The change since the time I wrote this book is that officers controlling a bank now possess a vastly superior means of looting the bank because they can now do so with near-immunity from prosecution.
Policy makers have not simply failed to learn from experience and been condemned to repeat financial crises. They aggressively did the opposite of what experience suggested. They made the financial world far more criminogenic. The incentives they created through the three D’s (deregulation, desupervision, and de facto decriminalization) proved so perverse that they increased the epidemic of accounting control fraud that drives our recurrent, intensifying financial crises.
Consider the role of Alan Greenspan, the most famous and damaging denier of control fraud. He confirmed this in his well-known encounter with Commodities Futures Trading Commission Chair Brooksley Born.
The influential Greenspan was an ardent proponent of unfettered markets. Born was a powerful Washington lawyer with a track record for activist causes. Over lunch, in his private dining room at the stately headquarters of the Fed in Washington, Greenspan probed their differences.
“Well, Brooksley, I guess you and I will never agree about fraud,” Born, in a recent interview, remembers Greenspan saying.
“What is there not to agree on?” Born says she replied.
“Well, you probably will always believe there should be laws against fraud, and I don’t think there is any need for a law against fraud,” she recalls. Greenspan, Born says, believed the market would take care of itself.
For the incoming regulator, the meeting was a wake-up call. “That underscored to me how absolutist Alan was in his opposition to any regulation,” she said in the interview.
Looking back, Fed General Counsel Alvarez said his institution succumbed to the climate of the times. He told the FCIC, “The mind-set was that there should be no regulation….” (FCIC 2011)
Federal Reserve supervisors, despite Greenspan and Ben Bernanke’s fierce opposition to regulation, twice sought to bring evidence to the board that would have revealed that many of the nation’s elite banks were engaged in accounting control fraud.
The Wall Street banks’ pivotal role in the Enron debacle did not seem to trouble senior Fed officials. In a memorandum to the FCIC, Richard Spillenkothen described a presentation to the Board of Governors in which some Fed governors received details of the banks’ complicity “coolly” and were “clearly unimpressed” by analysts’ findings. “The message to some supervisory staff was neither ambiguous nor subtle,” Spillenkothen wrote. Earlier in the decade, he remembered, senior economists at the Fed had called Enron an example of a derivatives market participant successfully regulated by market discipline without government oversight. (FCIC 2011)
Let me make the context clear. Many of the world’s elite banks eagerly aided and abetted Enron’s frauds. The Fed’s supervisors received permission to brief the Fed’s top leadership on the frauds. The Fed’s top leadership was enraged by what they heard — they were enraged at their supervisors for pointing out the banks’ frauds.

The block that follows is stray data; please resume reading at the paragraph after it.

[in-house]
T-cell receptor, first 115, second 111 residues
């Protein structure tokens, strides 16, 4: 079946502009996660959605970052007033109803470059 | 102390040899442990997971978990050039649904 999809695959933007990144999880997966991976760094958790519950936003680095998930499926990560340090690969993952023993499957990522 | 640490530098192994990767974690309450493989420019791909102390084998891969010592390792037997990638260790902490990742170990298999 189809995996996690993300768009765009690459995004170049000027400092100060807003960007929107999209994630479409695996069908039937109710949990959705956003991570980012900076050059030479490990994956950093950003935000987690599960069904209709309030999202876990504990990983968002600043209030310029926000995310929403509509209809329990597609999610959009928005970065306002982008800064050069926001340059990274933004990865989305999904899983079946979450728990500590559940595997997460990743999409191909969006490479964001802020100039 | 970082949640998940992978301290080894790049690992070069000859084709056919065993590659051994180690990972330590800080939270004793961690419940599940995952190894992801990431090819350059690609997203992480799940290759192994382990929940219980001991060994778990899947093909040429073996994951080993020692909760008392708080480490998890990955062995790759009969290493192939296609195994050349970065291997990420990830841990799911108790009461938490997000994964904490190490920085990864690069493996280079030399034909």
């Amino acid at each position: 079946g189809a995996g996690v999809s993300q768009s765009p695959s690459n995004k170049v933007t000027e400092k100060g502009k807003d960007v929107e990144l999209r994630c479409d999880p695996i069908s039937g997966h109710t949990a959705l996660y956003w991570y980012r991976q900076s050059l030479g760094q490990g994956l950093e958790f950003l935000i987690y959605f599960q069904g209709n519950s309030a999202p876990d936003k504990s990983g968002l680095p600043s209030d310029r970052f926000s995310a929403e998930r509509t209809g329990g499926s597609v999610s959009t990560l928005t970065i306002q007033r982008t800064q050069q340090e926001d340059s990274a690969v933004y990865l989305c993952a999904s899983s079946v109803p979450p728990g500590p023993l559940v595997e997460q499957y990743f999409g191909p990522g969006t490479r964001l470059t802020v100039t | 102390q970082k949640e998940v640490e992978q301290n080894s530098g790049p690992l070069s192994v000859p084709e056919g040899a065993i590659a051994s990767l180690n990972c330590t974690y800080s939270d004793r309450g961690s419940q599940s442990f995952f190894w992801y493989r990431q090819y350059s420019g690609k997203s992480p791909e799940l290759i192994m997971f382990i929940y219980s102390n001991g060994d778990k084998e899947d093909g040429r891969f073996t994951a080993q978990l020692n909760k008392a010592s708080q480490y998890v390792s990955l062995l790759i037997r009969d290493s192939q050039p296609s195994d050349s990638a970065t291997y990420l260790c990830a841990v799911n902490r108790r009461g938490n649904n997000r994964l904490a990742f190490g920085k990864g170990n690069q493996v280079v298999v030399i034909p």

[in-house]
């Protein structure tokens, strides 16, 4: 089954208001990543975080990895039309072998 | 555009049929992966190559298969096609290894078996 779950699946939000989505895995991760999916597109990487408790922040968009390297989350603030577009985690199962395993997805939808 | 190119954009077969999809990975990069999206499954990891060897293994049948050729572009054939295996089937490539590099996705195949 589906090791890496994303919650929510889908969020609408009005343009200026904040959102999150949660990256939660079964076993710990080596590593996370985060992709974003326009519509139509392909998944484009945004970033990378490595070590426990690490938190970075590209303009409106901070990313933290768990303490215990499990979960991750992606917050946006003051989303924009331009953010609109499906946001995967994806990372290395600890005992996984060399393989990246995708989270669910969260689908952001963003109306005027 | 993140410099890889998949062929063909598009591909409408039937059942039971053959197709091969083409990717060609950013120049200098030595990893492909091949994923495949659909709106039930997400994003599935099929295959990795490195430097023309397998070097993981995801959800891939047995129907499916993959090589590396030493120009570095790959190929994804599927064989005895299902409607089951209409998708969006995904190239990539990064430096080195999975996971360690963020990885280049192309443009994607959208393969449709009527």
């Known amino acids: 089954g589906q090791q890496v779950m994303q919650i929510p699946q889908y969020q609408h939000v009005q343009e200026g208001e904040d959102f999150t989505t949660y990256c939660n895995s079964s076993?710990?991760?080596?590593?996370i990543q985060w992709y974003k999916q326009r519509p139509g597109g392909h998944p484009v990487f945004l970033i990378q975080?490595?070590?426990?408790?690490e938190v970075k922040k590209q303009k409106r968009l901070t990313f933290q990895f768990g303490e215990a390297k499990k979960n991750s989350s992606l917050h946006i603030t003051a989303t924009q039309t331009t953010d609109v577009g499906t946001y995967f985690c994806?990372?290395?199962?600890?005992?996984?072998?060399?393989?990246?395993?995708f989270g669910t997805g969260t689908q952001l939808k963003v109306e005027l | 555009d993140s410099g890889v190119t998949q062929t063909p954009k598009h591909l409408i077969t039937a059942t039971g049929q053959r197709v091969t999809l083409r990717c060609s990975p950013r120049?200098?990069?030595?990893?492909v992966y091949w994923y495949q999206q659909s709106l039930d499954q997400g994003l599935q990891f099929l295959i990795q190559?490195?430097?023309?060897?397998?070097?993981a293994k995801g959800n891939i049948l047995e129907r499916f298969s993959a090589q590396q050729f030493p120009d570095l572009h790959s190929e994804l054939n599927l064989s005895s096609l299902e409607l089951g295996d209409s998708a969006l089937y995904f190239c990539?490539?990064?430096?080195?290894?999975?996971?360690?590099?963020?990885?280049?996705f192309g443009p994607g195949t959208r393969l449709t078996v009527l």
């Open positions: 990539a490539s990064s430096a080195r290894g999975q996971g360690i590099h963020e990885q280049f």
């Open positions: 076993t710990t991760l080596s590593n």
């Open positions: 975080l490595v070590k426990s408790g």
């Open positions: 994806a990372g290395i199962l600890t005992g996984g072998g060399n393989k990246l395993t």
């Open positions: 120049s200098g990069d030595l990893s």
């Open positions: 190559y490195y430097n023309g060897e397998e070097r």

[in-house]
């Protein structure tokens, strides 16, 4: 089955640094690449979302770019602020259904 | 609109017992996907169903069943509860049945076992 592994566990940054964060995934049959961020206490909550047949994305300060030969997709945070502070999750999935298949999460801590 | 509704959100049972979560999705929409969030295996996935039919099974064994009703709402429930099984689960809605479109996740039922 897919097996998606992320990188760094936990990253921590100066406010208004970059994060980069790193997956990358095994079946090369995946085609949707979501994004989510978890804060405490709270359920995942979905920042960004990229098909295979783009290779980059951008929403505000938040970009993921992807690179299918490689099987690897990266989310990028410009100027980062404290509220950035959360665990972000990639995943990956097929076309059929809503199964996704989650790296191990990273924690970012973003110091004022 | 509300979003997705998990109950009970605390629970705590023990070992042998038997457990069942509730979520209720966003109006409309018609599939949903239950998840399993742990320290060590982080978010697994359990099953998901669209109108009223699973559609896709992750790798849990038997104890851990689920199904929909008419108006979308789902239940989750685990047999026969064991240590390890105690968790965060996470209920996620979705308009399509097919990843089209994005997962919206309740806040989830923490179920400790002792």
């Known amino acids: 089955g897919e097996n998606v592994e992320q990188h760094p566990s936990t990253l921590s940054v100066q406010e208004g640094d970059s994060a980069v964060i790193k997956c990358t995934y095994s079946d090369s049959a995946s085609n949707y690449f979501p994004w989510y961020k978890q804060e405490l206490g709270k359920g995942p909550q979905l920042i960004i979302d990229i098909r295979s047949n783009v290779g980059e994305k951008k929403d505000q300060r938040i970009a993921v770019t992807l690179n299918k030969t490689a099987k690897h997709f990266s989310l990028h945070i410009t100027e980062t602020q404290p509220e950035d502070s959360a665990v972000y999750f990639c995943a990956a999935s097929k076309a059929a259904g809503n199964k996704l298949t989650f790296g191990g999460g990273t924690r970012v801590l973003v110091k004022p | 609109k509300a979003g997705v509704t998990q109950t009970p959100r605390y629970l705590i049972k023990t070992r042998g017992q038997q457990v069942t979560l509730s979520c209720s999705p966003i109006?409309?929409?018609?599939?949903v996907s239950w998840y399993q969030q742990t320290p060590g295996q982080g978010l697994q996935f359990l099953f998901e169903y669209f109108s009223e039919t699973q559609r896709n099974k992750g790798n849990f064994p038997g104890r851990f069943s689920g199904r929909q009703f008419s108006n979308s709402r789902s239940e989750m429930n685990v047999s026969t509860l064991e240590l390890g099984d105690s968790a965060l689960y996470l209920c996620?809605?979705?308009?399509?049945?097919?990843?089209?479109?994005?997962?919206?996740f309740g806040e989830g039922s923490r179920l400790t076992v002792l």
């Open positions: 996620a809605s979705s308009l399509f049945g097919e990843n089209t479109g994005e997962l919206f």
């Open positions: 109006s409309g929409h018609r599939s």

Sabeth Siddique, the assistant director for credit risk in the Division of Banking Supervision and Regulation at the Federal Reserve Board, was charged with investigating how broadly loan patterns were changing. He took the questions directly to large banks in 2005 and asked them how many of which kinds of loans they were making. Siddique found the information he received “very alarming,” he told the Commission. In fact, nontraditional loans made up 59% of originations at Countrywide, 58% at Wells Fargo, 51% at National City, 31% at Washington Mutual, 26.5% at CitiFinancial and 18.3% at Bank of America. Moreover, the banks expected that their originations of nontraditional loans would rise by 17% in 2005 to $608.5 billion. The review also noted the “slowly deteriorating quality of loans due to loosening underwriting standards.” In addition, it found that two-thirds of the nontraditional loans made by the banks in 2003 had been of the stated-income, minimal documentation variety known as liar’s loans, which had a particularly great likelihood of going sour.
The reaction to Siddique’s briefing was mixed. Federal Reserve Governor Bies recalled the response by the Fed governors and regional board directors as divided from the beginning. “Some people on the board and regional presidents…just wanted to come to a different answer. So they did ignore it, or the full thrust of it,” she told the Commission.
Within the Fed, the debate grew heated and emotional, Siddique recalled. “It got very personal,” he told the Commission. The ideological turf war lasted more than a year, while the number of nontraditional loans kept growing. (FCIC 2011: 20–21)
The Fed’s role as a fraud denier was fatal to our nation’s ability to stop the mortgage fraud epidemics because most fraudulent loans were made by lenders not subject to normal federal banking regulations. The Fed had unique statutory authority under the Home Ownership and Equity Protection Act of 1994 (HOEPA) to regulate any mortgage lender. The Fed, under Chairman Bernanke, finally succumbed to Congressional pressure and used its HOEPA authority to essentially ban liar’s loans on July 14, 2008 (by which point such lending had virtually ceased). Even then, Bernanke delayed the effective date of the rule for fifteen months to avoid inconveniencing any fraudulent lenders who were still operating.
Excerpt from William K. Black’s The Best Way to Rob a Bank Is to Own One: How Corporate Executives and Politicians Looted the S&L Industry (© 2013 The University of Texas Press).